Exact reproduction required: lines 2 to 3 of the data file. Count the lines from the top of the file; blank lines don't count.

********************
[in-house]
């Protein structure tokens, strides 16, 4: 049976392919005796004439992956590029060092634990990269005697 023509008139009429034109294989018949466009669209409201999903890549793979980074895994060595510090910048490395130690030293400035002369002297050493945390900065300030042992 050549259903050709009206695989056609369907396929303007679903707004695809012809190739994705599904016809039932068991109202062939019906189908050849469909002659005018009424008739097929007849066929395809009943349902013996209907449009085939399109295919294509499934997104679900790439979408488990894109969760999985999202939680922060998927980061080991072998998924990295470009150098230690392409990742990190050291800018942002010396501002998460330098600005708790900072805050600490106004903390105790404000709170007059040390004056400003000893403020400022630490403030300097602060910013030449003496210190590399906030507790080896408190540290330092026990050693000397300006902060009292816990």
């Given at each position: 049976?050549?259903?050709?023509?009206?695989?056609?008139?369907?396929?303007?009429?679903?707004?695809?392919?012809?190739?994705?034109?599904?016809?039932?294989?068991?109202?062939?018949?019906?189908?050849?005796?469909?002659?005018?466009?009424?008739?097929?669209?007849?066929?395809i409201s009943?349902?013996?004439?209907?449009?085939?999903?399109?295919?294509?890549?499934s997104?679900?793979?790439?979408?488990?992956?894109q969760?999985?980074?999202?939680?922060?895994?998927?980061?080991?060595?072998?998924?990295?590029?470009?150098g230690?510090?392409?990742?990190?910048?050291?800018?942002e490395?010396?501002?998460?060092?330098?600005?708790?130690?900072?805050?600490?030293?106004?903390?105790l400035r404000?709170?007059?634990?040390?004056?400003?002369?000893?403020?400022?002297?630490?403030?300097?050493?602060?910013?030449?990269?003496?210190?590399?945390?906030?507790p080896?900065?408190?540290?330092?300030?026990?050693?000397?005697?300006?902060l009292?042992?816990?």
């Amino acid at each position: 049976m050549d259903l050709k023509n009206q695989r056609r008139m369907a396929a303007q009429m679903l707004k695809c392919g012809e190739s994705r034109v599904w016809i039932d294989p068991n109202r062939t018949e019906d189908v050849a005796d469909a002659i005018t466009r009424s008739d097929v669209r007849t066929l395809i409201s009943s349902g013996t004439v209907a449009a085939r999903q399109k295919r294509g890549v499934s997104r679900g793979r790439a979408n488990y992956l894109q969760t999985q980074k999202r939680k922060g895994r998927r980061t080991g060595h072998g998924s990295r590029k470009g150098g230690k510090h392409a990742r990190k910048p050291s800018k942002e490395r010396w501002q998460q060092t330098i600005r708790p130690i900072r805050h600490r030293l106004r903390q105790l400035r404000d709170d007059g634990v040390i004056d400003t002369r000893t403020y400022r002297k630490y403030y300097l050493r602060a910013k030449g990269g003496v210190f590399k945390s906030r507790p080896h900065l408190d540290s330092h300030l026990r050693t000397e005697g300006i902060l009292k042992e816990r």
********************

């Protein structure tokens, strides 16, 4: 049976392919005796004439992956590029060092634990990269005697 023509008139009429034109294989018949466009669209409201999903890549793979980074895994060595510090910048490395130690030293400035002369002297050493945390900065300030042992 050549259903050709009206695989056609369907396929303007679903707004695809012809190739994705599904016809039932068991109202062939019906189908050849469909002659005018009424008739097929007849066929395809009943349902013996209907449009085939399109295919294509499934997104679900790439979408488990894109969760999985999202939680922060998927980061080991072998998924990295470009150098230690392409990742990190050291800018942002010396501002998460330098600005708790900072805050600490106004903390105790404000709170007059040390004056400003000893403020400022630490403030300097602060910013030449003496210190590399906030507790080896408190540290330092026990050693000397300006902060009292816990």
């Given at each position: 049976?050549?259903?050709?023509?009206?695989?056609?008139?369907?396929?303007?009429?679903?707004?695809?392919?012809?190739?994705?034109?599904?016809?039932?294989?068991?109202?062939?018949?019906?189908?050849?005796?469909?002659?005018?466009?009424?008739?097929?669209?007849?066929?395809i409201s009943?349902?013996?004439?209907?449009?085939?999903?399109?295919?294509?890549?499934s997104?679900?793979?790439?979408?488990?992956?894109q969760?999985?980074?999202?939680?922060?895994?998927?980061?080991?060595?072998?998924?990295?590029?470009?150098g230690?510090?392409?990742?990190?910048?050291?800018?942002e490395?010396?501002?998460?060092?330098?600005?708790?130690?900072?805050?600490?030293?106004?903390?105790l400035r404000?709170?007059?634990?040390?004056?400003?002369?000893?403020?400022?002297?630490?403030?300097?050493?602060?910013?030449?990269?003496?210190?590399?945390?906030?507790p080896?900065?408190?540290?330092?300030?026990?050693?000397?005697?300006?902060l009292?042992?816990?």